A lithium-ion battery tester seems like a simple project, at least electrically. But when you start thinking about the physical problem of dealing with a huge range of battery sizes, things get a little more complicated. Sure, you can 3D-print adapters and jigs to accommodate the different batteries, or you can cheat a bit and put the charger and tester circuit on a flexible PCB.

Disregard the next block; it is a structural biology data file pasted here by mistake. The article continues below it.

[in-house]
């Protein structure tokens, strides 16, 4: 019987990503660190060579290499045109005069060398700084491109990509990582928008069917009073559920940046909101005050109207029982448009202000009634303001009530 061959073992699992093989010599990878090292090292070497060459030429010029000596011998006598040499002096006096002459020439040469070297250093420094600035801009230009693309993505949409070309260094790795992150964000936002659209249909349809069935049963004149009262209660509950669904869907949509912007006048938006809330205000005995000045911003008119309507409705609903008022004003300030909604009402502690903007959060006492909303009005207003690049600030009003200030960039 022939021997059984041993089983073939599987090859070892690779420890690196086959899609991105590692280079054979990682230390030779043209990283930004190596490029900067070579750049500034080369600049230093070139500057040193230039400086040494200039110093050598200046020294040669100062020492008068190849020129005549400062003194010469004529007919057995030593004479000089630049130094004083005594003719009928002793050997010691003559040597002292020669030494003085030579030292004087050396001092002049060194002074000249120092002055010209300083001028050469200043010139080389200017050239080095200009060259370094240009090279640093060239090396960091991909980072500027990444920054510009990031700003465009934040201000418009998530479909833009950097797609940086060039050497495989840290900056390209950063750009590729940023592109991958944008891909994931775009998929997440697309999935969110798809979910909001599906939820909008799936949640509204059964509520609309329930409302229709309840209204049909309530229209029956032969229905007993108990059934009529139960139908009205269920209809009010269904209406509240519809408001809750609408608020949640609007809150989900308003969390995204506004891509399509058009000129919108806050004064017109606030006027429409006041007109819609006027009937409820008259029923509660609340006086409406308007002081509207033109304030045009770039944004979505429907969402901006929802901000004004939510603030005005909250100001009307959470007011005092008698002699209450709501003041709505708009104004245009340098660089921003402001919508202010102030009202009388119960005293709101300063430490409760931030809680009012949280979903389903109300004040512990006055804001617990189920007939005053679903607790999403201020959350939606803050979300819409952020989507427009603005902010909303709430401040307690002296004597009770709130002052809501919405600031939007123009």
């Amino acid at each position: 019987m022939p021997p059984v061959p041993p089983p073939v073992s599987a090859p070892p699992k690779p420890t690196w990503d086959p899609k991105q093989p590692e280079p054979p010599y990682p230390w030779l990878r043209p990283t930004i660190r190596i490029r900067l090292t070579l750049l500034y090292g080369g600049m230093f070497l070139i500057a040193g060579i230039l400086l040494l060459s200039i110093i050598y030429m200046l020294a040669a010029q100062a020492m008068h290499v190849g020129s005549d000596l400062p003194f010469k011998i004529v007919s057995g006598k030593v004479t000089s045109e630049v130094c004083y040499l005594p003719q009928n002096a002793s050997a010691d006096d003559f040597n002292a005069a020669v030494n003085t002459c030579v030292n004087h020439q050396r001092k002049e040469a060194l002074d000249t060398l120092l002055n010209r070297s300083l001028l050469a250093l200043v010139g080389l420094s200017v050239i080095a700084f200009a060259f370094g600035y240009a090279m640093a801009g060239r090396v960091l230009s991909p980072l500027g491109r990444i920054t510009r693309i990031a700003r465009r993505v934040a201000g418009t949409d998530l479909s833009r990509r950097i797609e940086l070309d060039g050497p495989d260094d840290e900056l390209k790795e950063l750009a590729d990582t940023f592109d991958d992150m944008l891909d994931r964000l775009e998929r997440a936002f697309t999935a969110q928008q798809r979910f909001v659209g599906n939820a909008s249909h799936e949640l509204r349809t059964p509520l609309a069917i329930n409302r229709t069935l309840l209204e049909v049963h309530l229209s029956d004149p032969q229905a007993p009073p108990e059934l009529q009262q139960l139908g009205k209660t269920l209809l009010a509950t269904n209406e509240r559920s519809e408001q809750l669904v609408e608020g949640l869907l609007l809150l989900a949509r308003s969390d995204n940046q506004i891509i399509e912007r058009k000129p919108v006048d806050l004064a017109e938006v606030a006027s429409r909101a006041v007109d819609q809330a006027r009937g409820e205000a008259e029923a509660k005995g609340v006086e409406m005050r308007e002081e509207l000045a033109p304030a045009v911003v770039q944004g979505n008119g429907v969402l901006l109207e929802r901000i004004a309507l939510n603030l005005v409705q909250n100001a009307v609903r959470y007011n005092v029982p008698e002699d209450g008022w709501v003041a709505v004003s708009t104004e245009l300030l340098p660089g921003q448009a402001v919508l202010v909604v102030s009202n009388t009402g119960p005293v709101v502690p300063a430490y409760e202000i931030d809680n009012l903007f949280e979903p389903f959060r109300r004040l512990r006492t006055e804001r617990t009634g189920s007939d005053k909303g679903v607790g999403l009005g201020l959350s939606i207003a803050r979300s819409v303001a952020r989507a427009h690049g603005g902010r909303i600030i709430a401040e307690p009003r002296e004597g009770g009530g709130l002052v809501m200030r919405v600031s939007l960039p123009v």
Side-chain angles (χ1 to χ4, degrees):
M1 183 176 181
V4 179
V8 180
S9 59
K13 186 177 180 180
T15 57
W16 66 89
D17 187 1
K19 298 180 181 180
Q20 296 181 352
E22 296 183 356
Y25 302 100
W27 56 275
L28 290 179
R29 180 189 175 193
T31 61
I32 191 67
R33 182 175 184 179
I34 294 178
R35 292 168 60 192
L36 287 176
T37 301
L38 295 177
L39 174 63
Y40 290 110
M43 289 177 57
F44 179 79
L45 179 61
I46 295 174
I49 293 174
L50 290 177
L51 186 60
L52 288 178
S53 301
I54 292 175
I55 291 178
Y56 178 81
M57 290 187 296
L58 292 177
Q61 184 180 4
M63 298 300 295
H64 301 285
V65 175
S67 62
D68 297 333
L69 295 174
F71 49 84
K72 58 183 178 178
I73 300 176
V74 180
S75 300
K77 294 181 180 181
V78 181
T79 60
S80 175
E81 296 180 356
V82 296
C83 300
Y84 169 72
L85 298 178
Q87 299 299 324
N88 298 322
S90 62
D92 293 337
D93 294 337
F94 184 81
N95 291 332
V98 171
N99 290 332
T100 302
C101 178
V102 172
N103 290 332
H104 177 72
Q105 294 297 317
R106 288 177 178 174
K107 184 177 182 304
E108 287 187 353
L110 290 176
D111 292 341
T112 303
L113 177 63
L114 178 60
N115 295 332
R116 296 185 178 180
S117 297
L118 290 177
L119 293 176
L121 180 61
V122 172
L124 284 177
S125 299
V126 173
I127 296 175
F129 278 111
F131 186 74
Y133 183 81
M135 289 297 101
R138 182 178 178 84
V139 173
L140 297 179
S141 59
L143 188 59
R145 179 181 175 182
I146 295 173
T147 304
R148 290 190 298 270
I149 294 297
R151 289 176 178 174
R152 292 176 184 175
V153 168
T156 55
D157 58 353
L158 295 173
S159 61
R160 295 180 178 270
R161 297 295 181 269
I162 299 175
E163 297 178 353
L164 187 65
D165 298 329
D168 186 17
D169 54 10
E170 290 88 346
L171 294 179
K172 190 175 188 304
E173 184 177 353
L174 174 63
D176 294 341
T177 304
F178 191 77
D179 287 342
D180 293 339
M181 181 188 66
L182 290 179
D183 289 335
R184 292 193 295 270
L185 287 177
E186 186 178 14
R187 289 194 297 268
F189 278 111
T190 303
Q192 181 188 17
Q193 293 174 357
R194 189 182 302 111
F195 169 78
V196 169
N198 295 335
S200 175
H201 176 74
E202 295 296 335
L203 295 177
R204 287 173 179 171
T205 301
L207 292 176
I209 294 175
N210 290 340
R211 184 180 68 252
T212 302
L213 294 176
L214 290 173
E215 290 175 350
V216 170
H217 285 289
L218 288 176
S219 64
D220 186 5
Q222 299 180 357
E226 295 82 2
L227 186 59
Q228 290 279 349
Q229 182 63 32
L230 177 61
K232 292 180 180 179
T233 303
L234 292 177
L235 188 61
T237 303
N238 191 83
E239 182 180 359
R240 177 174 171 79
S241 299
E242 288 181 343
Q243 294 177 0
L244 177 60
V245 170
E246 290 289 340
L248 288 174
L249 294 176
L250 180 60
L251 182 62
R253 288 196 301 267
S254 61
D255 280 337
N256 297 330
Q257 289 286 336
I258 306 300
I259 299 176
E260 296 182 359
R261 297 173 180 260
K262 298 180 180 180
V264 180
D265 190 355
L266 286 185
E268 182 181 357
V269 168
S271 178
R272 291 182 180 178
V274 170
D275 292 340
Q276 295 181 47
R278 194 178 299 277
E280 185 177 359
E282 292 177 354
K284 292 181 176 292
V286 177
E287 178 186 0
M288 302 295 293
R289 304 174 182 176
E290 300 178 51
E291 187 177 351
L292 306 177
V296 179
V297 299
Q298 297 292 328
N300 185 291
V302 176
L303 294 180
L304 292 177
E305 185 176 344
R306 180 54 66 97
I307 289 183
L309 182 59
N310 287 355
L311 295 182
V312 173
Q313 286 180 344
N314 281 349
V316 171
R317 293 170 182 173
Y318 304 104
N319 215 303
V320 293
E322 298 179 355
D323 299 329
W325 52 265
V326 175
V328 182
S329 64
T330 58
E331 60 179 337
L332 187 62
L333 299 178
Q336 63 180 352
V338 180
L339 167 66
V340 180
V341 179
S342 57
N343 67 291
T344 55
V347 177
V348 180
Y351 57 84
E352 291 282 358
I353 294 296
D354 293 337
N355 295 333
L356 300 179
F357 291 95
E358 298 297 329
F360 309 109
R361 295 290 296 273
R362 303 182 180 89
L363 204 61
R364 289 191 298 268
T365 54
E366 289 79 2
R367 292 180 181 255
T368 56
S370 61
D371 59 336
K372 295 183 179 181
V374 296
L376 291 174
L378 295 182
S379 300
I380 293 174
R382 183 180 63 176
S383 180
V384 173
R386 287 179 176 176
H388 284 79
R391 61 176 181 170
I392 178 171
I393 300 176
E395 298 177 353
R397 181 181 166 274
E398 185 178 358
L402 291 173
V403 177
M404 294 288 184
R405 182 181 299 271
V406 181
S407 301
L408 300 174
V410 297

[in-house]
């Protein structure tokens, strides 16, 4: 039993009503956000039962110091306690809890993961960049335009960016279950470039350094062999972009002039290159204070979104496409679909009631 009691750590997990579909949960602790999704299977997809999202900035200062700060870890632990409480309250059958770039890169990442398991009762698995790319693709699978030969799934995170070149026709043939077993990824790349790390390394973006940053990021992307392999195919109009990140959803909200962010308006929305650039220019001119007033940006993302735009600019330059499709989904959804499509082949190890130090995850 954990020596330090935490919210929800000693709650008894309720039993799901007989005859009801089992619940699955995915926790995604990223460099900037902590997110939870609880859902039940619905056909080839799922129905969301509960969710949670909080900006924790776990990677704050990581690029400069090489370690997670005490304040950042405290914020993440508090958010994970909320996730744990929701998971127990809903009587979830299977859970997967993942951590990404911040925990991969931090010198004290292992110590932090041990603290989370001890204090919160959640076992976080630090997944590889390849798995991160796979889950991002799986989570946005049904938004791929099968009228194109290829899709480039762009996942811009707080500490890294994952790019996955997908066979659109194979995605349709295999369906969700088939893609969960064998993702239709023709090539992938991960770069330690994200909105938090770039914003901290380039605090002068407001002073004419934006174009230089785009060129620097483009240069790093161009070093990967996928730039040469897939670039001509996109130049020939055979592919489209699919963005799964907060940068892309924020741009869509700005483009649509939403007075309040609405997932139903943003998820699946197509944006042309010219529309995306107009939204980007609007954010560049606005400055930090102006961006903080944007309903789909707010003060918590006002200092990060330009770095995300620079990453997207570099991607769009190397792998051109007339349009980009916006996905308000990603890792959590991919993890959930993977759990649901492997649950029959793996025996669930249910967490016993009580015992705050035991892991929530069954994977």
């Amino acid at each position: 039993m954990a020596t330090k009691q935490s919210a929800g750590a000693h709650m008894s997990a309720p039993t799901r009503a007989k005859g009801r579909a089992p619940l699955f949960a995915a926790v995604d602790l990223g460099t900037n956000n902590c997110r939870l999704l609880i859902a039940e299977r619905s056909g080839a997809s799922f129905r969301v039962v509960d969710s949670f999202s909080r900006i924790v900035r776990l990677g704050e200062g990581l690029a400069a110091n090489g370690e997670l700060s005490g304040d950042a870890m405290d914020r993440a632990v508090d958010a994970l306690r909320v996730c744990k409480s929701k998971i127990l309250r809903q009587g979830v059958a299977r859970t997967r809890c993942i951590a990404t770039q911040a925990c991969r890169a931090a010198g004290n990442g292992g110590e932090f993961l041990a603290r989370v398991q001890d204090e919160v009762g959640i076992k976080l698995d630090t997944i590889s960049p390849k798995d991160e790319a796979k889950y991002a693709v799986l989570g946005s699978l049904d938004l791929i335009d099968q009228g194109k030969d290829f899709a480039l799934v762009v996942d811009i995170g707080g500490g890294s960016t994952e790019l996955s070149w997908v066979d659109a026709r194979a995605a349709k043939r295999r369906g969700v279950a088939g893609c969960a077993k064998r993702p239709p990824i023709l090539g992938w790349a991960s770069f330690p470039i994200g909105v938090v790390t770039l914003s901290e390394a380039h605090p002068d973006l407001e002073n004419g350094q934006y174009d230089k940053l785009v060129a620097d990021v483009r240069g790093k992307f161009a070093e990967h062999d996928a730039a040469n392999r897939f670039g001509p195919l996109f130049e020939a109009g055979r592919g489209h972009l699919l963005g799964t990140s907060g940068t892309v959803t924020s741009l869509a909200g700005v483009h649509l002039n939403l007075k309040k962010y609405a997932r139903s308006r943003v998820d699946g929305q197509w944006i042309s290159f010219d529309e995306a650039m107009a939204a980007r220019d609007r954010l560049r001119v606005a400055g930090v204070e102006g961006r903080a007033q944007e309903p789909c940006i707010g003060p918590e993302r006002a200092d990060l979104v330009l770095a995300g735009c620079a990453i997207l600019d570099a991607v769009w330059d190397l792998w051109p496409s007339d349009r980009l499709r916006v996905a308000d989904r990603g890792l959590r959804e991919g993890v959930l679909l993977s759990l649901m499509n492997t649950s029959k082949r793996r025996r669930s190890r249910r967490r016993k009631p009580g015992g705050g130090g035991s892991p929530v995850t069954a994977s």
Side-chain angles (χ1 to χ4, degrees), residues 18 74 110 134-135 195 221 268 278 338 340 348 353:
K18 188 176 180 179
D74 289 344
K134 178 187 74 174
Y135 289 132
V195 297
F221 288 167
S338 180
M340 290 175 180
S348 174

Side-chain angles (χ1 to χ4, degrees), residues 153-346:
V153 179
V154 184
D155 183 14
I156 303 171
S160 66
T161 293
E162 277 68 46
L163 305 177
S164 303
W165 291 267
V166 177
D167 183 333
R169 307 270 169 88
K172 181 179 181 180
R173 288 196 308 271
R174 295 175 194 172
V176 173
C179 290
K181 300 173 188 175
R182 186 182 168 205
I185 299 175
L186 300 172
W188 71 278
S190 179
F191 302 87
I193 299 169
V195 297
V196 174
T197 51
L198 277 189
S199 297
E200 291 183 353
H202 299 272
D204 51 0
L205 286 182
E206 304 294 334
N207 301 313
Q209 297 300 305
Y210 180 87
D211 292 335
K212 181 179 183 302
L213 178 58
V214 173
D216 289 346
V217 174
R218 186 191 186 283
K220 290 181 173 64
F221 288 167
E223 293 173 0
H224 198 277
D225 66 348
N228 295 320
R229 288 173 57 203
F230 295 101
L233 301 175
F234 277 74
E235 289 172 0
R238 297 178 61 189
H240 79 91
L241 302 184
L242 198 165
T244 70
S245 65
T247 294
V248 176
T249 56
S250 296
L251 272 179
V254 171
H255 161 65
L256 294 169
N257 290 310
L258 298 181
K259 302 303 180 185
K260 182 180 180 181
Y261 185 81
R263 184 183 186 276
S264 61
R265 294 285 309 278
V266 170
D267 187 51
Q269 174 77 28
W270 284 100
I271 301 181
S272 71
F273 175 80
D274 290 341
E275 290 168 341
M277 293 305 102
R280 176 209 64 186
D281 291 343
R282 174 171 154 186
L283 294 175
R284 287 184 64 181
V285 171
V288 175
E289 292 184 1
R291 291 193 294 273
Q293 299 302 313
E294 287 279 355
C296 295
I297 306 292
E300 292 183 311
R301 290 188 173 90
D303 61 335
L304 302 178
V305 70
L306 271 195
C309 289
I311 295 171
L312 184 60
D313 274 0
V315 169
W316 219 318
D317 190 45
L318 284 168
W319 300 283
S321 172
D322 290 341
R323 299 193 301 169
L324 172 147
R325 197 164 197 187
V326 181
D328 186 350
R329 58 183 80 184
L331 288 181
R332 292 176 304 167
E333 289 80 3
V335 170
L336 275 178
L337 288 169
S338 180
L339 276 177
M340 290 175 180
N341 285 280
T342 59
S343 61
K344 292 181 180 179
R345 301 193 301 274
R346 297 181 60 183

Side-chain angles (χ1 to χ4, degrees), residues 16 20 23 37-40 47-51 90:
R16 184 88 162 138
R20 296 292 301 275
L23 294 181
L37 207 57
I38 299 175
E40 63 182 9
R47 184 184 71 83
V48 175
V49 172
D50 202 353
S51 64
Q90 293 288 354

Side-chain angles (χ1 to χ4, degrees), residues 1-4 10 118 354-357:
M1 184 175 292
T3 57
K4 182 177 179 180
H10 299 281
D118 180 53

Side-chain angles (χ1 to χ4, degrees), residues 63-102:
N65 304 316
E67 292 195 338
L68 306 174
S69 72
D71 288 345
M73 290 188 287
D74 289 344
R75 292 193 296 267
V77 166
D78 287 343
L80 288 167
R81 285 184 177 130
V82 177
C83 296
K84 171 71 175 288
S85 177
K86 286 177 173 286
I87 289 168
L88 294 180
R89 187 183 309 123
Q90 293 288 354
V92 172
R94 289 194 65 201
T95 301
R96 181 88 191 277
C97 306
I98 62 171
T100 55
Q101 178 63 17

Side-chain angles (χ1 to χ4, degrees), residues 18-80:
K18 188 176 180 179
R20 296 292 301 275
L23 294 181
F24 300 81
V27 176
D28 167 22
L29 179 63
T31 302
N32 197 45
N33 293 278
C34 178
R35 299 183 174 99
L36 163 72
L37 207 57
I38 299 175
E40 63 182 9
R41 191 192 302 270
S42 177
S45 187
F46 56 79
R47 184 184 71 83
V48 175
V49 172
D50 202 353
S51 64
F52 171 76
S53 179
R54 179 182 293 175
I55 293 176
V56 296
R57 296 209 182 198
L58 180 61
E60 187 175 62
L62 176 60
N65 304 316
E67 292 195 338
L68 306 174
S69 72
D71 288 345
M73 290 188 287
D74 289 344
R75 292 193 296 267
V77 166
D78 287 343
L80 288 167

Maybe it’s the Kapton talking, but we really like the look of [Androkavo]’s project. The idea is simple – rather than use a rigid FR4 printed circuit board, a flexible polyimide film PCB a little longer than the biggest battery to be tested was fabricated. With large contacts on each end, the board can just be looped across the battery to take a reading. For charging, neodymium magnets on the other side of the board keep the charger in contact with the battery. The circuit itself is built around an STM8S003 8-bit microcontroller and a handful of discrete components. There’s a bar graph display for battery voltage that covers 2.0 to 4.9 volts, and a USB port for charging. The charger works with everything from the big 21700 cells down to the short 14500s. With the help of another magnet to keep the board from bending too sharply, even the diminutive 10180 can be charged. Check out the video below, which has some of the most relaxing music and best microscope shots of SMD soldering we’ve seen.